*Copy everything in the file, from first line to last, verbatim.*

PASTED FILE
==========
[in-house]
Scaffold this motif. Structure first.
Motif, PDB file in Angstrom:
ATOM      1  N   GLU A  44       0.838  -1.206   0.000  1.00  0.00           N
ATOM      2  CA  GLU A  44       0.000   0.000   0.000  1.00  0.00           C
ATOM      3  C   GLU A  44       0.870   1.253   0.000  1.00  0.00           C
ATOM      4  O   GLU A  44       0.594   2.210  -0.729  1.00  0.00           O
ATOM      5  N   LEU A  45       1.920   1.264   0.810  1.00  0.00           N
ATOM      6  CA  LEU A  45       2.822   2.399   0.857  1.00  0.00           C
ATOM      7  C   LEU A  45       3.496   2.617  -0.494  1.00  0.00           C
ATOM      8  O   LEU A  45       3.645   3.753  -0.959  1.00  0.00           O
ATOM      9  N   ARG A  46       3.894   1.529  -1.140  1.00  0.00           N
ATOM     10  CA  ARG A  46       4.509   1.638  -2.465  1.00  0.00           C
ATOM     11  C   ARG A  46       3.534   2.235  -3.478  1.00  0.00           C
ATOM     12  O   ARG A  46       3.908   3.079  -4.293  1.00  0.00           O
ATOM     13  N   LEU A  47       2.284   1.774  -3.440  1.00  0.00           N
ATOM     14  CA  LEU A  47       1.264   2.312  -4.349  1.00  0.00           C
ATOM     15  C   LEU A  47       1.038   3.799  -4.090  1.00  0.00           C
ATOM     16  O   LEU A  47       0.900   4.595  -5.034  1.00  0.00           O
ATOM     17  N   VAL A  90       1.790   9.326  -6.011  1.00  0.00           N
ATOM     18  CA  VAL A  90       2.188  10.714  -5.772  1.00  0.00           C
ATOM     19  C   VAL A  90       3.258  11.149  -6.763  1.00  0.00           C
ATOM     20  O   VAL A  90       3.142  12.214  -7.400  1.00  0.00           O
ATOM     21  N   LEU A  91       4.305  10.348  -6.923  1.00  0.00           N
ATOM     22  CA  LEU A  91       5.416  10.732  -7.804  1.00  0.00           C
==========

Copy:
[in-house]
Scaffold this motif. Structure first.
Motif, PDB file in Angstrom:
ATOM      1  N   GLU A  44       0.838  -1.206   0.000  1.00  0.00           N
ATOM      2  CA  GLU A  44       0.000   0.000   0.000  1.00  0.00           C
ATOM      3  C   GLU A  44       0.870   1.253   0.000  1.00  0.00           C
ATOM      4  O   GLU A  44       0.594   2.210  -0.729  1.00  0.00           O
ATOM      5  N   LEU A  45       1.920   1.264   0.810  1.00  0.00           N
ATOM      6  CA  LEU A  45       2.822   2.399   0.857  1.00  0.00           C
ATOM      7  C   LEU A  45       3.496   2.617  -0.494  1.00  0.00           C
ATOM      8  O   LEU A  45       3.645   3.753  -0.959  1.00  0.00           O
ATOM      9  N   ARG A  46       3.894   1.529  -1.140  1.00  0.00           N
ATOM     10  CA  ARG A  46       4.509   1.638  -2.465  1.00  0.00           C
ATOM     11  C   ARG A  46       3.534   2.235  -3.478  1.00  0.00           C
ATOM     12  O   ARG A  46       3.908   3.079  -4.293  1.00  0.00           O
ATOM     13  N   LEU A  47       2.284   1.774  -3.440  1.00  0.00           N
ATOM     14  CA  LEU A  47       1.264   2.312  -4.349  1.00  0.00           C
ATOM     15  C   LEU A  47       1.038   3.799  -4.090  1.00  0.00           C
ATOM     16  O   LEU A  47       0.900   4.595  -5.034  1.00  0.00           O
ATOM     17  N   VAL A  90       1.790   9.326  -6.011  1.00  0.00           N
ATOM     18  CA  VAL A  90       2.188  10.714  -5.772  1.00  0.00           C
ATOM     19  C   VAL A  90       3.258  11.149  -6.763  1.00  0.00           C
ATOM     20  O   VAL A  90       3.142  12.214  -7.400  1.00  0.00           O
ATOM     21  N   LEU A  91       4.305  10.348  -6.923  1.00  0.00           N
ATOM     22  CA  LEU A  91       5.416  10.732  -7.804  1.00  0.00           C